It was then that I was violently, inexorably shoved down eight steps to the platform, kneed solidly square in the back, colliding with Steve and several others before me. As my friend exclaimed, "What are you doing?" I turned to see a massive giant of a man, with mustard stains dripped down his white shirt, his huge double chin englufing his stretched out collar, his navy blue Sox hat cocked back over his greasy mullet. Glaring at me with angry, tired, cold eyes, and having not spilled a drop of the Budweiser in hand.

I saw my father behind him, looking on at me, smiling so as not to let me be scared, but a little frightened himself, an emotion I rarely saw cross his face. We were in the Bronx, and he was fifteen feet away from me. And for a moment it felt like the distance of that entire stadium. I waited at the bottom and stood way clear as Goliath lumbered past me, never taking his eye off me until he did (nor I him). Then my father put his hand on my shoulder, and did not remove it until we were back in the VW bus.

It was that day I learned that, most often, violence does not need a reason.

Thursday, September 6, 2007

Musings at 39- Chest Pains

For a long time I had planned on writing some of my various musings on life, what I've learned and when and how I learned it. But I think what ultimately prompted me to start was when I got a call one night back in July.

"Joey. It's Don's mom."

I know that can't be good. I've known Donny since I was seven. We still regularly keep in touch but rarely talk on the phone unless someone died. That Donny was not the one calling me, well, yeah, that can't be good like I said.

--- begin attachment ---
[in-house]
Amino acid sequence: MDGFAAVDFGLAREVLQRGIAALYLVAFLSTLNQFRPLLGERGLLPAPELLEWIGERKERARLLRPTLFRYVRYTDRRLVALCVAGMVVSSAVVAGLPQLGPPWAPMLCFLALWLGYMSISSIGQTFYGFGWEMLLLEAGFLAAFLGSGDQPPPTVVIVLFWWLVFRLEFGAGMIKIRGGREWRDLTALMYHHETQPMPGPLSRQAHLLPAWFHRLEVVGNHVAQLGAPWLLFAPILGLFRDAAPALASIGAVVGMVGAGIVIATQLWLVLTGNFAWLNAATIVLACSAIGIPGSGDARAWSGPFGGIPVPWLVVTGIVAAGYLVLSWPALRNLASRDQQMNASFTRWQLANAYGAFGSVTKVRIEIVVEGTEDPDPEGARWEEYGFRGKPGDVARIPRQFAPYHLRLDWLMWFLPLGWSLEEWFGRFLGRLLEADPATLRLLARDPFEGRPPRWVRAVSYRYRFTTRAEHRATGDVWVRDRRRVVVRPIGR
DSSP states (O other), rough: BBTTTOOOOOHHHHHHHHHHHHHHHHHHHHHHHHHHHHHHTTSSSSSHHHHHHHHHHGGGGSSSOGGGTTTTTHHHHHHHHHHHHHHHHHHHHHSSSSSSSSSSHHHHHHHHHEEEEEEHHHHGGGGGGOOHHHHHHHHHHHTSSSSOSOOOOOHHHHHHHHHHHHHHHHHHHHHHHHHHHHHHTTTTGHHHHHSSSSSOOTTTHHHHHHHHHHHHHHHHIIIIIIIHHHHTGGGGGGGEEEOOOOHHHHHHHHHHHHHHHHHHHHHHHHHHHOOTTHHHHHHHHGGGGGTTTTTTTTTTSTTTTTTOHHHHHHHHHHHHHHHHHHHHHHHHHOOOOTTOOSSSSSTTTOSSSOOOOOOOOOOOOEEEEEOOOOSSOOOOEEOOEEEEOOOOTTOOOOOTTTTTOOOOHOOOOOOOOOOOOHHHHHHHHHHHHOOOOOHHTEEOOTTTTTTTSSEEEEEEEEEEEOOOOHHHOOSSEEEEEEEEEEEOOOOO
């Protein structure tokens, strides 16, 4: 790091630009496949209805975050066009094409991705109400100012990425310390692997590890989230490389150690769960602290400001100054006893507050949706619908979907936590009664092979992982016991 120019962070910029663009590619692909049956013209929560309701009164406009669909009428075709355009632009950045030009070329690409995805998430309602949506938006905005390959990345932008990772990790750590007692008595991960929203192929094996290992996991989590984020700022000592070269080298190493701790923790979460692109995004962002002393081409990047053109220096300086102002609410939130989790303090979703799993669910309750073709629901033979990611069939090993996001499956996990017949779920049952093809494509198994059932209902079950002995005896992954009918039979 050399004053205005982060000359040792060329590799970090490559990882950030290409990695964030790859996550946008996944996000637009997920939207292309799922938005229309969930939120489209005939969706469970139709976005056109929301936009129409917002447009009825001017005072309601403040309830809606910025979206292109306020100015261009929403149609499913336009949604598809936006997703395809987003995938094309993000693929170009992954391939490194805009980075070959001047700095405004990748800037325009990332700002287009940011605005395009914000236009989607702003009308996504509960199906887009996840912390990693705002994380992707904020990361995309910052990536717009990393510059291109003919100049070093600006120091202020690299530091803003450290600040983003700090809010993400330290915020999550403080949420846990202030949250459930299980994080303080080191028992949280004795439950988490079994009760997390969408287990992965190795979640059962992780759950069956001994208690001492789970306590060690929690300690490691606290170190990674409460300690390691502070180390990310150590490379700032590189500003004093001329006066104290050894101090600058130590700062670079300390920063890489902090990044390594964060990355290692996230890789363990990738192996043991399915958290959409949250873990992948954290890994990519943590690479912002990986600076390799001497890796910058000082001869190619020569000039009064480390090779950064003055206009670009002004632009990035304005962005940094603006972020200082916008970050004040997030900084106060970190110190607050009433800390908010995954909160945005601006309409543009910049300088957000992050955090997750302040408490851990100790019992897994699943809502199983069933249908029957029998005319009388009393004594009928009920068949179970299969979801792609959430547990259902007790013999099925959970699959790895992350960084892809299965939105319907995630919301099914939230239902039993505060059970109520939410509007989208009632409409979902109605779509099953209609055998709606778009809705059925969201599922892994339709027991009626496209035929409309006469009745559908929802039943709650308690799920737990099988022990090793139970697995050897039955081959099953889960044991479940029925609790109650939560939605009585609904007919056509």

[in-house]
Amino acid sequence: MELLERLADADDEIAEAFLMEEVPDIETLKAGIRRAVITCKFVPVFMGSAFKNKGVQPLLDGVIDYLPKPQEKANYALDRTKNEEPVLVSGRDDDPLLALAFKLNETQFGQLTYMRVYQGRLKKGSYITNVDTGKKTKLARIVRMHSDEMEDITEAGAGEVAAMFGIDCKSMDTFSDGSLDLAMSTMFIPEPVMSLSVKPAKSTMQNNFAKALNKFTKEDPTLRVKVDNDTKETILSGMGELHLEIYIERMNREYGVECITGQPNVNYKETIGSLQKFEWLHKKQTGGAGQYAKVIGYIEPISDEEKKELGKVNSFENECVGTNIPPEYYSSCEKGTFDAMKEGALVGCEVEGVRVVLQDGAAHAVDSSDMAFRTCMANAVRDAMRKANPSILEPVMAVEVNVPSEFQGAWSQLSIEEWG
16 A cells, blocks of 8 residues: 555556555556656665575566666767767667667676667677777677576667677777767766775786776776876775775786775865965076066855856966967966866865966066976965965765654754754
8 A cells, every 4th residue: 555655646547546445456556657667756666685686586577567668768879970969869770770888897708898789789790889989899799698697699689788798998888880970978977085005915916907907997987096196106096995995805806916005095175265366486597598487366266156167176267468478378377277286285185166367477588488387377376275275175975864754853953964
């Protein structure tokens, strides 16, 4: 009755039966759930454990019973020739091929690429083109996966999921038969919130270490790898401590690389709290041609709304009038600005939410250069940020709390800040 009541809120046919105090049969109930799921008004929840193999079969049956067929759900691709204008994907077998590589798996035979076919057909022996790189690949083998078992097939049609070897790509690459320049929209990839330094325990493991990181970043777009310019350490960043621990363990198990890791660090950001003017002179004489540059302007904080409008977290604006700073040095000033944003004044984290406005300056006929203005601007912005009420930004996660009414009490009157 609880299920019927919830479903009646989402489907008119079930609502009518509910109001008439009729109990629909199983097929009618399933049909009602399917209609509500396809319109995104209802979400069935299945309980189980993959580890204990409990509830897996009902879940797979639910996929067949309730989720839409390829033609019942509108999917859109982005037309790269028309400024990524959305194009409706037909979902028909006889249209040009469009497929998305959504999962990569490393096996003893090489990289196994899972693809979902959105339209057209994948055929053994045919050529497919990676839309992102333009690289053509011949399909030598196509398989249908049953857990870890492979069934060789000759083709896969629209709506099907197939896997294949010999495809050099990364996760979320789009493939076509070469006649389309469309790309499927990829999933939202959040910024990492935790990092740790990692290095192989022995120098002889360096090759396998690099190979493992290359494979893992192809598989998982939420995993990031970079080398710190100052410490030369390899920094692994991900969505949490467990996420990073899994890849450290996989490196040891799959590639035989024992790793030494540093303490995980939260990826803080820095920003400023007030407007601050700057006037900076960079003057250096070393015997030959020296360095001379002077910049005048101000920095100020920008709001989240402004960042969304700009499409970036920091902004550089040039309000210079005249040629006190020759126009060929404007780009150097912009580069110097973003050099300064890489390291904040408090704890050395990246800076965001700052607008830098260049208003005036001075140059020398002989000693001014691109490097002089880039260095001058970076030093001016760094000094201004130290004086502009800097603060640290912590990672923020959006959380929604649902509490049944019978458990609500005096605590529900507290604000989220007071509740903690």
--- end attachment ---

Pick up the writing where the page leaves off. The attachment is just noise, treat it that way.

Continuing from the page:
Turns out Donny had a big ol' heart attack and had just come through triple bypass. 38 years old. What the hell? Why am I seeing so many friends cut down way before their time? Anthony, Brian, Mychael, Jenna, the list is getting longer.

But at least Donny made it through. I went to see him in the hospital the very next day, with all the wires sticking out of his body, poor guy. The cool thing about Donny is that he's not one of those old frinds that just talks about the old days. We stay in the now, we get serious when we have to, we mostly laugh, and we don't get on each others' nerves EVER.

But now... man, he had a heart attack. And I've seen my friends cut down. And I'm 39 and I eat really bad food all the time and have an incredibly stressful job. And less than two years ago I was in the hospital for chest pains. And Mike Wieringo just died.

And right now, another one of my best friends is facing HER final days. I can tell when she looks at me, she doesn't say it, but I know she's wondering how much longer, and she's wondering why she hurts and why she can't hear my voice any more.